The Elusive Right Path to Engineering Offshoring

A recent article in Strategy+Business attempted to address The Elusive Right Path to Engineering Offshoring. They proposed a five step plan to making it work, and while the advice was okay, I think the article missed the point. In my view, the right path to engineering offshoring is not to do it at all if you are developing products for the local marketplace.

While I will freely admit that there is innovative talent in the outsourcing hotspots of India and China, it’s not necessarily the right innovative talent for you. As a for-profit enterprise, an innovative product alone is not enough — you need an innovative product that will sell in your target market, and, frankly, just because something is hot in India or China does not mean it’s going to be hot in North America (and vice versa). In terms even a layman could understand, just like most of the population in India would not buy a Big Mac, most of the population of North America would not be that interested in a McVeggie or a Lamb Maharaja Mac (although the doctor would prefer if his local MacDonald’s served a cheese-free Chicken Maharaja Mac instead of a Big Mac and a McAloo Tikki Burger instead of a Junior Hamburger).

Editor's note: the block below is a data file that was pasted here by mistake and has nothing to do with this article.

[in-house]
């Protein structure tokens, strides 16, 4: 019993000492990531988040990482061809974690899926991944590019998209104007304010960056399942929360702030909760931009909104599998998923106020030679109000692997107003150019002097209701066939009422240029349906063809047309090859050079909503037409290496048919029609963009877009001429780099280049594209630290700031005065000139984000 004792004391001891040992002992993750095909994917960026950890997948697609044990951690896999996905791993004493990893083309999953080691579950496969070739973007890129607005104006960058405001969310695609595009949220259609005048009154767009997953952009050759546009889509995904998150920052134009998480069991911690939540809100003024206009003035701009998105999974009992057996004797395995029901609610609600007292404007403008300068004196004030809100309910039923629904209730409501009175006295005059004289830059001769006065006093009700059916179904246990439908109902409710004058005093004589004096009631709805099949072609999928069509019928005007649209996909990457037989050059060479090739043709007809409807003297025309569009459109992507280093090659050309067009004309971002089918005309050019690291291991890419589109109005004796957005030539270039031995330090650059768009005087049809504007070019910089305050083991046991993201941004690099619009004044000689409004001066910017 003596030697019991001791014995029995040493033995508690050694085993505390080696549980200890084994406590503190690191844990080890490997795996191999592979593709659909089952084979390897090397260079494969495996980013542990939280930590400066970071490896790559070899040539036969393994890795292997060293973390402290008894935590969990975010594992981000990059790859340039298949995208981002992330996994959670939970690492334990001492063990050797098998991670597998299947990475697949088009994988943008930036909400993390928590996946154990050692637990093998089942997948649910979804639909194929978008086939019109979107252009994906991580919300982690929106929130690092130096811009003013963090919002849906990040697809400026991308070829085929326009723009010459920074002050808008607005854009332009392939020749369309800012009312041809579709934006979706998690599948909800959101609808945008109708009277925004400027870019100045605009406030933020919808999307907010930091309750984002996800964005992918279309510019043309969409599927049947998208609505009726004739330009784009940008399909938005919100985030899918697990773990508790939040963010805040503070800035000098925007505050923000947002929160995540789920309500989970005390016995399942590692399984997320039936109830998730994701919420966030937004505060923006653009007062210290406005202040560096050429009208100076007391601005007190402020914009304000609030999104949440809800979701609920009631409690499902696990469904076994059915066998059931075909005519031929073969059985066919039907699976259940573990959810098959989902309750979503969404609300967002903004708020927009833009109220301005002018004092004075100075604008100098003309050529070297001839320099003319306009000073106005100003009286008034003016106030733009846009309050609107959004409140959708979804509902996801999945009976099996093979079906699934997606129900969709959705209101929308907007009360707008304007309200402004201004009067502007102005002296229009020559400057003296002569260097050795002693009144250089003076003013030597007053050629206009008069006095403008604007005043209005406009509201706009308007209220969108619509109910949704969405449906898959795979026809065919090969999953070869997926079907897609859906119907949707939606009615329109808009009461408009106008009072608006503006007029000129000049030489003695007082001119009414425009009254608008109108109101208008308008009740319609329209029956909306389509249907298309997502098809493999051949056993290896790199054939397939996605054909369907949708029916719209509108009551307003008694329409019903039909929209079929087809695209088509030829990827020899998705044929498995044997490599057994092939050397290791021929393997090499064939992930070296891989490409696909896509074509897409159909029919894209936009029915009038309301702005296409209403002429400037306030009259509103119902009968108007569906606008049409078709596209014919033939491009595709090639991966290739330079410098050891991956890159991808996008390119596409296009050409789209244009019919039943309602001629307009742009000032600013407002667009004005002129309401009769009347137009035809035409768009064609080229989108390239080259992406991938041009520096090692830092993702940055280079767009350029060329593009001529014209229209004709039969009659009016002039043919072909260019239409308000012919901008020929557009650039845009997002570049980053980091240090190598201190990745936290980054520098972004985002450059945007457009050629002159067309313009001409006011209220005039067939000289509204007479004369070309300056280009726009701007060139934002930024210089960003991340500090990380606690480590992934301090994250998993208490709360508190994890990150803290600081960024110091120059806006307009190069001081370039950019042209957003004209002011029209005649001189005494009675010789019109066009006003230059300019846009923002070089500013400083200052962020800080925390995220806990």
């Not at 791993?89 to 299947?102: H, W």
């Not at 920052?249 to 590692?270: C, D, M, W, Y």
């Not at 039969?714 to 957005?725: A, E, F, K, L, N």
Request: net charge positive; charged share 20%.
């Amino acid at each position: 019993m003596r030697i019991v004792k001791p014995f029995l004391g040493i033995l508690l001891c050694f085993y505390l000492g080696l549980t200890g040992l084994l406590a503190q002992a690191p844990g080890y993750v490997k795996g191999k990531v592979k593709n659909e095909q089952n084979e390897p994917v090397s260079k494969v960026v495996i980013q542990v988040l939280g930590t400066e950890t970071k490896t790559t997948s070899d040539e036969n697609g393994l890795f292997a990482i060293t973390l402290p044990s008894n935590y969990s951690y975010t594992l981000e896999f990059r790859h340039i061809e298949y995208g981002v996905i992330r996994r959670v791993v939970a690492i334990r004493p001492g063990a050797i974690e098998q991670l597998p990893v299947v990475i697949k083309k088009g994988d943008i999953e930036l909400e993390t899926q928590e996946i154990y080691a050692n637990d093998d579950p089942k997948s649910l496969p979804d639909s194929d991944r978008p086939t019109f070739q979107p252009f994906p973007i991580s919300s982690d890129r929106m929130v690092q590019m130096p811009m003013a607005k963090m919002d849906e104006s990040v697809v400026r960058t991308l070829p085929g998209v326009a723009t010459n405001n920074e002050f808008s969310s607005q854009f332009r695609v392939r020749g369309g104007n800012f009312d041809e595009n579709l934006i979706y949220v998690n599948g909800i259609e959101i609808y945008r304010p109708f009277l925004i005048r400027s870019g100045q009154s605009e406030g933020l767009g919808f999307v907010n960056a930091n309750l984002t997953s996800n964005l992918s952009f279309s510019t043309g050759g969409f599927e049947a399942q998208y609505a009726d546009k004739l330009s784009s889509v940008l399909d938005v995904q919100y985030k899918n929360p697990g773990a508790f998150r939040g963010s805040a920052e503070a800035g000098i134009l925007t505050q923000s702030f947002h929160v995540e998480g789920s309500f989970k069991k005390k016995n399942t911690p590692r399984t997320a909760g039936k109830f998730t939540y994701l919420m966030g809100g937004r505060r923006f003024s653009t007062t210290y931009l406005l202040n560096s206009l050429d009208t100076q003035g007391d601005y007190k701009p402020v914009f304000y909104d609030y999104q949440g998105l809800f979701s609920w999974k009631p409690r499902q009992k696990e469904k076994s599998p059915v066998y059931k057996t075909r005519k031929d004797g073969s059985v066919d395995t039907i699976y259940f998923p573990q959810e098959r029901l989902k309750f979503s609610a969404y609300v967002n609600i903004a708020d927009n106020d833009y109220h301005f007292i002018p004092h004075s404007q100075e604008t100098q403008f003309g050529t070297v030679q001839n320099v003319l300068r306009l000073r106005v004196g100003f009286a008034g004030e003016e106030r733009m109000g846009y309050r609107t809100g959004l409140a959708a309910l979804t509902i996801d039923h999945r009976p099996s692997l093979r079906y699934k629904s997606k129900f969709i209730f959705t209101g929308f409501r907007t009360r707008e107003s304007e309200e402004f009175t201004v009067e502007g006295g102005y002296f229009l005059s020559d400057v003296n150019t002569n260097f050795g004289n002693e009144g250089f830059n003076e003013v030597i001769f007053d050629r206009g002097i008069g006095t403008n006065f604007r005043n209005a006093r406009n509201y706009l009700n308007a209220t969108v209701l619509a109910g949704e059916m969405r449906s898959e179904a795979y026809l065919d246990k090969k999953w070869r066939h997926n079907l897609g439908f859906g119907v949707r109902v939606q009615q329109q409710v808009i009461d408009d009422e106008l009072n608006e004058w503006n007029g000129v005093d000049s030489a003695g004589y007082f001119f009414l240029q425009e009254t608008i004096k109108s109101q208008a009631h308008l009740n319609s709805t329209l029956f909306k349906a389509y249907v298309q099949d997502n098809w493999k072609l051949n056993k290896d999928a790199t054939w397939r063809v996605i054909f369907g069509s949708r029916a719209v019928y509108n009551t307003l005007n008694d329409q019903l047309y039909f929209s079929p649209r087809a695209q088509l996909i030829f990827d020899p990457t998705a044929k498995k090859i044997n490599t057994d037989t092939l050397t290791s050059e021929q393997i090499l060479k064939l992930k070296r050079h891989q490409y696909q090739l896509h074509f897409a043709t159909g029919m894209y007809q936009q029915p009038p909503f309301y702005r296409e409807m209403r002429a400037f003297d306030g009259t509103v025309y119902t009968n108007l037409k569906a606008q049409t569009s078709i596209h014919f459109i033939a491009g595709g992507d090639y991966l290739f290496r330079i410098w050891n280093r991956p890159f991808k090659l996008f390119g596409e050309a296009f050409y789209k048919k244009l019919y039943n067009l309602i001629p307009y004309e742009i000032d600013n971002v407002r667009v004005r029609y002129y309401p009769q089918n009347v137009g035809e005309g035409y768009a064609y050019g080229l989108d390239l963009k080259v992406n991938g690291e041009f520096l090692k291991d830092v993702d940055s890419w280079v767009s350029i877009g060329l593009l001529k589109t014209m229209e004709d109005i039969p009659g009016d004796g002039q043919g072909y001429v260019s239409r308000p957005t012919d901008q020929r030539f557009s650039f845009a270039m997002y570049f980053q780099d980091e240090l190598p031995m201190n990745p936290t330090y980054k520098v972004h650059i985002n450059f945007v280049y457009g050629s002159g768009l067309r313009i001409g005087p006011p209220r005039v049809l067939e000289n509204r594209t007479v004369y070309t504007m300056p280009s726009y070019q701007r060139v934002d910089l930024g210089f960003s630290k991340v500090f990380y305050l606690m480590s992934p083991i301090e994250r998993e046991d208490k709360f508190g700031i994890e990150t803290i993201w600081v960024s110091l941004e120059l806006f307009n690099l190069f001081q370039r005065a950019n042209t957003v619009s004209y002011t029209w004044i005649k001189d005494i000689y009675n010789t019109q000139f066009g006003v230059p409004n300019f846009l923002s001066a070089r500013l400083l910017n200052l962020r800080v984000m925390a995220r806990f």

Taking a more technical focus, while sales of a low-cost affordable car like the Tata Nano will probably skyrocket in India, such a small, cheap car would never even leave the showroom for a test-drive in North America as long as fuel prices are half of what they are in Europe. And clone merchandise will never reach the mass market in North America that it has in China (and not just because of much better intellectual property laws, but because of the high status North Americans bestow upon to brand name goods).

However, on the flip-side, if you are trying to create innovative products for international markets, you should certainly, at the very least, augment your R&D organization with a local-team on the ground in the target market. An experienced engineering or development shop in China or India would be much more adept at producing killer products for the local market than you would be thousands of miles away in the midst of a different culture. In this circumstance, the advice of the article applies, and I encourage you to read the article and take its advice.

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